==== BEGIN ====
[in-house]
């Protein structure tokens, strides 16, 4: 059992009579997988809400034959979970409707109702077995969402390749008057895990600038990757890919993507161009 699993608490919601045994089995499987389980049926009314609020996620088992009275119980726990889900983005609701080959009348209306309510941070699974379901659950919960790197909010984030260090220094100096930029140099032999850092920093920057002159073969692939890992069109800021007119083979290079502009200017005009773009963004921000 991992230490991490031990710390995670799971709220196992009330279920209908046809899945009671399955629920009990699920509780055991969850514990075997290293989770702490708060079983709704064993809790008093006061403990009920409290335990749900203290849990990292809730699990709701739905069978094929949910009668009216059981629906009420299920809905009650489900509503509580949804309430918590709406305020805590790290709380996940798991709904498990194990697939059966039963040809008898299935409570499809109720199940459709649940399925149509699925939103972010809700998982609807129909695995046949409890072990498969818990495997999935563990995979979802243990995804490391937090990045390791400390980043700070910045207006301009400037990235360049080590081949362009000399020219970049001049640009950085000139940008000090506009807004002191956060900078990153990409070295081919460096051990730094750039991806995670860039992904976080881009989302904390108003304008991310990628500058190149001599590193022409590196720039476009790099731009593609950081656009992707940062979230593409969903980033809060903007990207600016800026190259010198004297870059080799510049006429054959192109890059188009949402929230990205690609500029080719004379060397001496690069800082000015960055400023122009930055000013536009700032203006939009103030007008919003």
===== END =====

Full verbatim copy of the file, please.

[in-house]
């Protein structure tokens, strides 16, 4: 059992009579997988809400034959979970409707109702077995969402390749008057895990600038990757890919993507161009 699993608490919601045994089995499987389980049926009314609020996620088992009275119980726990889900983005609701080959009348209306309510941070699974379901659950919960790197909010984030260090220094100096930029140099032999850092920093920057002159073969692939890992069109800021007119083979290079502009200017005009773009963004921000 991992230490991490031990710390995670799971709220196992009330279920209908046809899945009671399955629920009990699920509780055991969850514990075997290293989770702490708060079983709704064993809790008093006061403990009920409290335990749900203290849990990292809730699990709701739905069978094929949910009668009216059981629906009420299920809905009650489900509503509580949804309430918590709406305020805590790290709380996940798991709904498990194990697939059966039963040809008898299935409570499809109720199940459709649940399925149509699925939103972010809700998982609807129909695995046949409890072990498969818990495997999935563990995979979802243990995804490391937090990045390791400390980043700070910045207006301009400037990235360049080590081949362009000399020219970049001049640009950085000139940008000090506009807004002191956060900078990153990409070295081919460096051990730094750039991806995670860039992904976080881009989302904390108003304008991310990628500058190149001599590193022409590196720039476009790099731009593609950081656009992707940062979230593409969903980033809060903007990207600016800026190259010198004297870059080799510049006429054959192109890059188009949402929230990205690609500029080719004379060397001496690069800082000015960055400023122009930055000013536009700032203006939009103030007008919003």